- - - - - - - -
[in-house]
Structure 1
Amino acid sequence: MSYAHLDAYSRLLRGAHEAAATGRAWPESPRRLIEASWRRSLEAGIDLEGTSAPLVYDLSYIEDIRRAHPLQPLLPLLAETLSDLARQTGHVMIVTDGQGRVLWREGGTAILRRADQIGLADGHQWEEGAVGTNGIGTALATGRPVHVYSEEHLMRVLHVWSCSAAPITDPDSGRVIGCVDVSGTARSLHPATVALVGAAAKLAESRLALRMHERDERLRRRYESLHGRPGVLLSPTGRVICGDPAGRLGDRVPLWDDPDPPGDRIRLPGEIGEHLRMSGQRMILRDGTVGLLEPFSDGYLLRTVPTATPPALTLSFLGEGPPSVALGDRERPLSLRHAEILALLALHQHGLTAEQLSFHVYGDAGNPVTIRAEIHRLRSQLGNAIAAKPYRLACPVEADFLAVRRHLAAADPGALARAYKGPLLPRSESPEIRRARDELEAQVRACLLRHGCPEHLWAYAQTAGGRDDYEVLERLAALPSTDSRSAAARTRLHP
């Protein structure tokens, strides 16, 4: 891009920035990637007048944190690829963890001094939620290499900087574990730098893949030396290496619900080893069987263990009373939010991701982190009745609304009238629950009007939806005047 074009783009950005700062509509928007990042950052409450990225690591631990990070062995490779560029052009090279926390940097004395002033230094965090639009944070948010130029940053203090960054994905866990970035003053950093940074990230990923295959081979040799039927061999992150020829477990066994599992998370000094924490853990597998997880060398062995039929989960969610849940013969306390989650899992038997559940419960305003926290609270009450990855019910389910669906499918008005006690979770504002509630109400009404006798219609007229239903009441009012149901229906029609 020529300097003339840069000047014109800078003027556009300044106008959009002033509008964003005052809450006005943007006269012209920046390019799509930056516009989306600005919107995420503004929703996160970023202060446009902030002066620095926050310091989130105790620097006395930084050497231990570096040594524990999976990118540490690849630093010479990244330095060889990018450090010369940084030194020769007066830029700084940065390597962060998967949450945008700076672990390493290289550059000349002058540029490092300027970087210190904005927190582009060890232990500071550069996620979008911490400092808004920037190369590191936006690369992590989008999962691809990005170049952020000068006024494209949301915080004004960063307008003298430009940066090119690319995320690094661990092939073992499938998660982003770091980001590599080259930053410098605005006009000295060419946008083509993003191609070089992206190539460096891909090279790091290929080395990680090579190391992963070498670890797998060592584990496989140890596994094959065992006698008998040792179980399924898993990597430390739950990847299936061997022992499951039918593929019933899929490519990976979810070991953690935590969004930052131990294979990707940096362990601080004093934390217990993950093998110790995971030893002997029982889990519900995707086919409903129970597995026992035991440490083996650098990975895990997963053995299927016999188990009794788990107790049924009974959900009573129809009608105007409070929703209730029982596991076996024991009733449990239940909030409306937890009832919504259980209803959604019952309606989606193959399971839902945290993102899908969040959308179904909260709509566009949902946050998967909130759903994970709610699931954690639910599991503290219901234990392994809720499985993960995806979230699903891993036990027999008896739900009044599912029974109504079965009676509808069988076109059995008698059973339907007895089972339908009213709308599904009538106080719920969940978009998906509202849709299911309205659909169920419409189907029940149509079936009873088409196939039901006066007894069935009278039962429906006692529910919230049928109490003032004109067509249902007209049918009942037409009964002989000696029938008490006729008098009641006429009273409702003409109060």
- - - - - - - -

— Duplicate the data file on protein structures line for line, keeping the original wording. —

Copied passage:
[in-house]
Structure 1
Amino acid sequence: MSYAHLDAYSRLLRGAHEAAATGRAWPESPRRLIEASWRRSLEAGIDLEGTSAPLVYDLSYIEDIRRAHPLQPLLPLLAETLSDLARQTGHVMIVTDGQGRVLWREGGTAILRRADQIGLADGHQWEEGAVGTNGIGTALATGRPVHVYSEEHLMRVLHVWSCSAAPITDPDSGRVIGCVDVSGTARSLHPATVALVGAAAKLAESRLALRMHERDERLRRRYESLHGRPGVLLSPTGRVICGDPAGRLGDRVPLWDDPDPPGDRIRLPGEIGEHLRMSGQRMILRDGTVGLLEPFSDGYLLRTVPTATPPALTLSFLGEGPPSVALGDRERPLSLRHAEILALLALHQHGLTAEQLSFHVYGDAGNPVTIRAEIHRLRSQLGNAIAAKPYRLACPVEADFLAVRRHLAAADPGALARAYKGPLLPRSESPEIRRARDELEAQVRACLLRHGCPEHLWAYAQTAGGRDDYEVLERLAALPSTDSRSAAARTRLHP
């Protein structure tokens, strides 16, 4: 891009920035990637007048944190690829963890001094939620290499900087574990730098893949030396290496619900080893069987263990009373939010991701982190009745609304009238629950009007939806005047 074009783009950005700062509509928007990042950052409450990225690591631990990070062995490779560029052009090279926390940097004395002033230094965090639009944070948010130029940053203090960054994905866990970035003053950093940074990230990923295959081979040799039927061999992150020829477990066994599992998370000094924490853990597998997880060398062995039929989960969610849940013969306390989650899992038997559940419960305003926290609270009450990855019910389910669906499918008005006690979770504002509630109400009404006798219609007229239903009441009012149901229906029609 020529300097003339840069000047014109800078003027556009300044106008959009002033509008964003005052809450006005943007006269012209920046390019799509930056516009989306600005919107995420503004929703996160970023202060446009902030002066620095926050310091989130105790620097006395930084050497231990570096040594524990999976990118540490690849630093010479990244330095060889990018450090010369940084030194020769007066830029700084940065390597962060998967949450945008700076672990390493290289550059000349002058540029490092300027970087210190904005927190582009060890232990500071550069996620979008911490400092808004920037190369590191936006690369992590989008999962691809990005170049952020000068006024494209949301915080004004960063307008003298430009940066090119690319995320690094661990092939073992499938998660982003770091980001590599080259930053410098605005006009000295060419946008083509993003191609070089992206190539460096891909090279790091290929080395990680090579190391992963070498670890797998060592584990496989140890596994094959065992006698008998040792179980399924898993990597430390739950990847299936061997022992499951039918593929019933899929490519990976979810070991953690935590969004930052131990294979990707940096362990601080004093934390217990993950093998110790995971030893002997029982889990519900995707086919409903129970597995026992035991440490083996650098990975895990997963053995299927016999188990009794788990107790049924009974959900009573129809009608105007409070929703209730029982596991076996024991009733449990239940909030409306937890009832919504259980209803959604019952309606989606193959399971839902945290993102899908969040959308179904909260709509566009949902946050998967909130759903994970709610699931954690639910599991503290219901234990392994809720499985993960995806979230699903891993036990027999008896739900009044599912029974109504079965009676509808069988076109059995008698059973339907007895089972339908009213709308599904009538106080719920969940978009998906509202849709299911309205659909169920419409189907029940149509079936009873088409196939039901006066007894069935009278039962429906006692529910919230049928109490003032004109067509249902007209049918009942037409009964002989000696029938008490006729008098009641006429009273409702003409109060």